Knackis in fear: Poisoner is now working in the prison kitchen


As baby food blackmailer from Lake Constance, Jochen S. (57) kept the police in suspense for two weeks in autumn 2017. He had poisoned ethylene glycol in several glasses of baby food and was sentenced to ten and a half years in prison.

Now he’s causing trouble again – this time among his fellow prisoners. Because the JVA Freiburg uses the poison mixer in the kitchen of all places, when the food is served.

Dennis S. (30) is worried. The security guard is four years old because of burglary and is athletic, fit and very health-conscious. “I consider the fact that a poisoner works in the prison kitchen to be a danger to life and limb,” he says.

In mid-September 2017, Jochen S. sent emails to the Federal Criminal Police Office (BKA), a consumer organization and several drugstore and food companies. In it he explained that he had poisoned five baby food jars and deposited them in several supermarkets in Friedrichshafen. He demanded 11.75 million euros, divided into 35,000 bills – otherwise he would continue. It is only thanks to this warning that he was not convicted of attempted murder.



Dennis S. takes it on with everyone – but the kitchen of the JVA Freiburg taught him to fearPhoto: Dennis Staack/Instagram

The poisoner’s new job gives his fellow convicts severe stomach ache. “The convict is said to have been spat on by a fellow inmate as part of the food distribution,” says Till-Alexander Hoppe (52), Dennis S.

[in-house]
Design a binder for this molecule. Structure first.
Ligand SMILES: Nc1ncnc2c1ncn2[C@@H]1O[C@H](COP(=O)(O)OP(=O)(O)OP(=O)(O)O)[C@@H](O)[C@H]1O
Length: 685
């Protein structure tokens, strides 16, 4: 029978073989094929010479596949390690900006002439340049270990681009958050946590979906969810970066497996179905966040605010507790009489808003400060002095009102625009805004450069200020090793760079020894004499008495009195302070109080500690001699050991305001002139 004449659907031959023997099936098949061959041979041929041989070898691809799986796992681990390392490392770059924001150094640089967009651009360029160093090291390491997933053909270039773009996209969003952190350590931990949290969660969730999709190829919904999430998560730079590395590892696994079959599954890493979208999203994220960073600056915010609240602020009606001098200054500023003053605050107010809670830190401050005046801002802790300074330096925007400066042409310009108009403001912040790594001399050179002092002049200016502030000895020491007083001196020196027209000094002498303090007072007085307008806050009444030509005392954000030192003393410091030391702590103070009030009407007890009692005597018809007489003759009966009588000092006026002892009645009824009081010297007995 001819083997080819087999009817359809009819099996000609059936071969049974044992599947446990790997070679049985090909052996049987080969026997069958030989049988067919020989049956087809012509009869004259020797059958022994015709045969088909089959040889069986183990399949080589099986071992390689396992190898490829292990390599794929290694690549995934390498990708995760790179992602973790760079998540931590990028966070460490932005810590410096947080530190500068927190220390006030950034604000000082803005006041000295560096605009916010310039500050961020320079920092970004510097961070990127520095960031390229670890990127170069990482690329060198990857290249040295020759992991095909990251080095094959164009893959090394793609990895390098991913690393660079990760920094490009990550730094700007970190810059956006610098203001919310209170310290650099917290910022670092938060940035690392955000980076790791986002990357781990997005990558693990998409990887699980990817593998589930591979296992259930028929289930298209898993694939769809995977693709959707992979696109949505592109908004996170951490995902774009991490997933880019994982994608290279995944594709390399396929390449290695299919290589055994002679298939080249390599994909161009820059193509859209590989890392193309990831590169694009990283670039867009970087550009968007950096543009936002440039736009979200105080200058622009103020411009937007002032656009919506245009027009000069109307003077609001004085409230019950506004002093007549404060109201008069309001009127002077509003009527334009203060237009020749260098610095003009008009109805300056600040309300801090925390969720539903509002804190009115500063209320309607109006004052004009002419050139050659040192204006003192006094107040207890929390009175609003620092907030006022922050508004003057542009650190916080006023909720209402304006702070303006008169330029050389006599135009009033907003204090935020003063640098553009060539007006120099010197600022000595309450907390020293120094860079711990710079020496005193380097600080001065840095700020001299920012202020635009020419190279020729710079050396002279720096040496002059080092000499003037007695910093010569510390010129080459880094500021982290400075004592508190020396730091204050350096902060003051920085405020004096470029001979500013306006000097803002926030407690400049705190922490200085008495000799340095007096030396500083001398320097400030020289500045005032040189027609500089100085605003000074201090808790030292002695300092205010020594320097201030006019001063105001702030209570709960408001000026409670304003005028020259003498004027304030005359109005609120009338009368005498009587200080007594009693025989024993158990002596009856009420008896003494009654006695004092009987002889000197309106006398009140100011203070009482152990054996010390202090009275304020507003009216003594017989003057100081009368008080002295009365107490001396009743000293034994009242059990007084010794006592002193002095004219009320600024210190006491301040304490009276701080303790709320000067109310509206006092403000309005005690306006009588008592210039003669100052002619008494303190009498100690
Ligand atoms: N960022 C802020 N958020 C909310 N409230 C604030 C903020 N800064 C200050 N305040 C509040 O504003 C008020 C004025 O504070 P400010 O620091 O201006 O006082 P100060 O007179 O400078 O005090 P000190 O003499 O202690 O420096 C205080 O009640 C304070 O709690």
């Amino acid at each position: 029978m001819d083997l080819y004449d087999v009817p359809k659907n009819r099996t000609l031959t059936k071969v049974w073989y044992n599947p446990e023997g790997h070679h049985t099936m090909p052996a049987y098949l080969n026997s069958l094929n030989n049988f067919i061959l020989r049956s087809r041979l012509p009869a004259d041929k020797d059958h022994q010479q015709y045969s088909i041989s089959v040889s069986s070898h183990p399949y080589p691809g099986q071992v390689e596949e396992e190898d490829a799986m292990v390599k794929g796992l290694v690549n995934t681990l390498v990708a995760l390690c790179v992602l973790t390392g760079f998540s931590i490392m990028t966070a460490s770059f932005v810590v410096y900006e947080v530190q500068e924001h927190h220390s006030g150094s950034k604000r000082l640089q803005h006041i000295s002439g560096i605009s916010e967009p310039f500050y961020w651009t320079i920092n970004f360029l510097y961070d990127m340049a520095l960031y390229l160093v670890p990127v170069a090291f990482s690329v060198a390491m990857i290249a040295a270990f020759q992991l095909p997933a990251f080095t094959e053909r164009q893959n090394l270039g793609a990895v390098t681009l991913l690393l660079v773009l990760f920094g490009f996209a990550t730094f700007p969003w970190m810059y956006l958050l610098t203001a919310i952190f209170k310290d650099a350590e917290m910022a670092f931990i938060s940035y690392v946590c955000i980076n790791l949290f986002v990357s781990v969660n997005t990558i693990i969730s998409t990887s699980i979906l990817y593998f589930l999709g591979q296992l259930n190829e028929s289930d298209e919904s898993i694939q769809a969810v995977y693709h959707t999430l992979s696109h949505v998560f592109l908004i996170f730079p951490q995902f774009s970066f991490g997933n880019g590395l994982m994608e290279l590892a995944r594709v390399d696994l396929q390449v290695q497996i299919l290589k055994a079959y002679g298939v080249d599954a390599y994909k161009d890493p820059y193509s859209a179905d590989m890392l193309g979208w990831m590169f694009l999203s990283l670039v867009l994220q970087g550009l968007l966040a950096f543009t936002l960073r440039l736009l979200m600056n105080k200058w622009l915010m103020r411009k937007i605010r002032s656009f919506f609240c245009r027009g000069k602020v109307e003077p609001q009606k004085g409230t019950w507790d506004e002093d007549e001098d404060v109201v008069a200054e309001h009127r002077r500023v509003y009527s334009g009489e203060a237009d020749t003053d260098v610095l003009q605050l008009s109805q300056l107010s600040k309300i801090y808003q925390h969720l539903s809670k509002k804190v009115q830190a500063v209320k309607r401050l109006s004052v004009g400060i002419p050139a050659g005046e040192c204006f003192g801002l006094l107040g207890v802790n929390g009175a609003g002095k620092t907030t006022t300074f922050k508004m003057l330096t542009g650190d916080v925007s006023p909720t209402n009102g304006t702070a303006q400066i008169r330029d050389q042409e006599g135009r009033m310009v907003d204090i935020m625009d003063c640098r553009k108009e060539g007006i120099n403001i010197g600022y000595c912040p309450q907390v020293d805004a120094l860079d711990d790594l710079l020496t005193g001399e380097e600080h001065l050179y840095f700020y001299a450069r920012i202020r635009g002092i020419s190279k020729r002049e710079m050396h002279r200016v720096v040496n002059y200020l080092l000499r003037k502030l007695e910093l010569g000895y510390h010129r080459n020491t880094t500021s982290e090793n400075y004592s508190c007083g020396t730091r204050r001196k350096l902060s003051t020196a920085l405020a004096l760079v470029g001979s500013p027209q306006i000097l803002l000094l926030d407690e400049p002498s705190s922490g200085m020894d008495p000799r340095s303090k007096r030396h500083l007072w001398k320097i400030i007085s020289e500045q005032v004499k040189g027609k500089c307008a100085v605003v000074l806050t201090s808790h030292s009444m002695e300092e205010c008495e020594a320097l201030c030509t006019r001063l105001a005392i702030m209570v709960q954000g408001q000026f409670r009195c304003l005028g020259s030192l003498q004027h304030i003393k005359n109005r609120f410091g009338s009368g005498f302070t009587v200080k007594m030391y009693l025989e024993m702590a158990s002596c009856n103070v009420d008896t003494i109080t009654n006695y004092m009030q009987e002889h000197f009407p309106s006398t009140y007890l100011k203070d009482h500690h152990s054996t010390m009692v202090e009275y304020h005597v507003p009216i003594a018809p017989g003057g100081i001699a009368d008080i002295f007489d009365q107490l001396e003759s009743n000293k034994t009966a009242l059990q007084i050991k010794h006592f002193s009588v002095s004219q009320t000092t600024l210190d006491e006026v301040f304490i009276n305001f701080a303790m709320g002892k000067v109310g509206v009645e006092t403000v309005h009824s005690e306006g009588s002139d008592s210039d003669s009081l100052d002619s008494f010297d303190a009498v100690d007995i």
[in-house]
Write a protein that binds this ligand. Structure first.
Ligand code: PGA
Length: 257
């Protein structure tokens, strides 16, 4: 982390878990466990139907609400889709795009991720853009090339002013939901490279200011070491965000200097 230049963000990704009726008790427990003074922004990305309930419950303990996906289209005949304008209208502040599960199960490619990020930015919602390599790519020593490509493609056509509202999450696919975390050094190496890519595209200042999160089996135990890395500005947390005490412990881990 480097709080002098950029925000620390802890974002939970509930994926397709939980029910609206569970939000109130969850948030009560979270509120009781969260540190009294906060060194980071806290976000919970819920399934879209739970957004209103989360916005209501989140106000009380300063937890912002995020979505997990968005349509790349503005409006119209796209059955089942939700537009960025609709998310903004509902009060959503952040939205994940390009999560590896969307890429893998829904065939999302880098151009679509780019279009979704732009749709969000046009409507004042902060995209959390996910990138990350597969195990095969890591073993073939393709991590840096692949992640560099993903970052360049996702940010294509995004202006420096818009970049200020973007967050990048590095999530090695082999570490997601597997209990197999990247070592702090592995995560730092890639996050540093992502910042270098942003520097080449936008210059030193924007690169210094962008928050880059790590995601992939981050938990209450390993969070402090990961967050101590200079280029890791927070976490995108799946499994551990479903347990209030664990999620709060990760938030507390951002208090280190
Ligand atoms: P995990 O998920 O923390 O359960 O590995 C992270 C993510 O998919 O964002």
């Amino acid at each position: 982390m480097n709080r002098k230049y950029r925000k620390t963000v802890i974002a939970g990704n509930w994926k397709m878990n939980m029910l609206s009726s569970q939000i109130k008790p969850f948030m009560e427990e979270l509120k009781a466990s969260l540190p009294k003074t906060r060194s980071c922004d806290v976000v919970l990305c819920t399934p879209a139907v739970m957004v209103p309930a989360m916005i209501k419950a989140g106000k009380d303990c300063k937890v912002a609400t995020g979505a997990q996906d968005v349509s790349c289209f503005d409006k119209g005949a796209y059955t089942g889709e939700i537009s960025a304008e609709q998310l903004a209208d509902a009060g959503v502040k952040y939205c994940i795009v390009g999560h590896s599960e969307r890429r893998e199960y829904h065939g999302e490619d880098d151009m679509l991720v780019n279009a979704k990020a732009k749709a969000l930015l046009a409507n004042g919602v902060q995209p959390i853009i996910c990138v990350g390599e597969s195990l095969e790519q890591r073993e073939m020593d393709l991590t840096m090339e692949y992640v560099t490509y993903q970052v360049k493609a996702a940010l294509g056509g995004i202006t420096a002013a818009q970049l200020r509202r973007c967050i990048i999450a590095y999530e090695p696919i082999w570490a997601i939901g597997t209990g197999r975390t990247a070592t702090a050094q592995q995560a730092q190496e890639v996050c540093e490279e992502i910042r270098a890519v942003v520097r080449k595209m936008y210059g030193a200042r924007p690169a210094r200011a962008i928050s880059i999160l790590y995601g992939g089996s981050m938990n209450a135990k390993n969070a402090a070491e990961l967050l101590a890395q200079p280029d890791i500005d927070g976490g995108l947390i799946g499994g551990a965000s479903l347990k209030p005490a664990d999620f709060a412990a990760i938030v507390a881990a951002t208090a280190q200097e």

That’s what the JVA says

When asked by BILD, prison director Michael Völkel confirmed the spat in prison: “It is true that individual prisoners complained that a certain fellow prisoner was used to serve food.” He denies the attack.

However, the head of the prison sees no problem in Jochen S.’s canteen job: “In principle, prisoners are only used for certain tasks, including serving food, after a thorough examination, if the responsible officials see no risk of abuse and the prison does not have security concerns. It should also be pointed out that the serving of food by the deployed prisoners is not unsupervised.”

Fellow prisoner is concerned

Dennis S. finds the statement by the prison management anything but reassuring. “Any sex offender is prohibited from caring for and supervising young people because similar crimes are expected in such a context,” he explains through his lawyer. “The same applies to tax evaders, who are often banned from trading. Violent offenders are often banned from carrying weapons.”

Lawyer Hoppe: “My client cannot help but get the impression that the lives of a large number of prisoners are being played with.”

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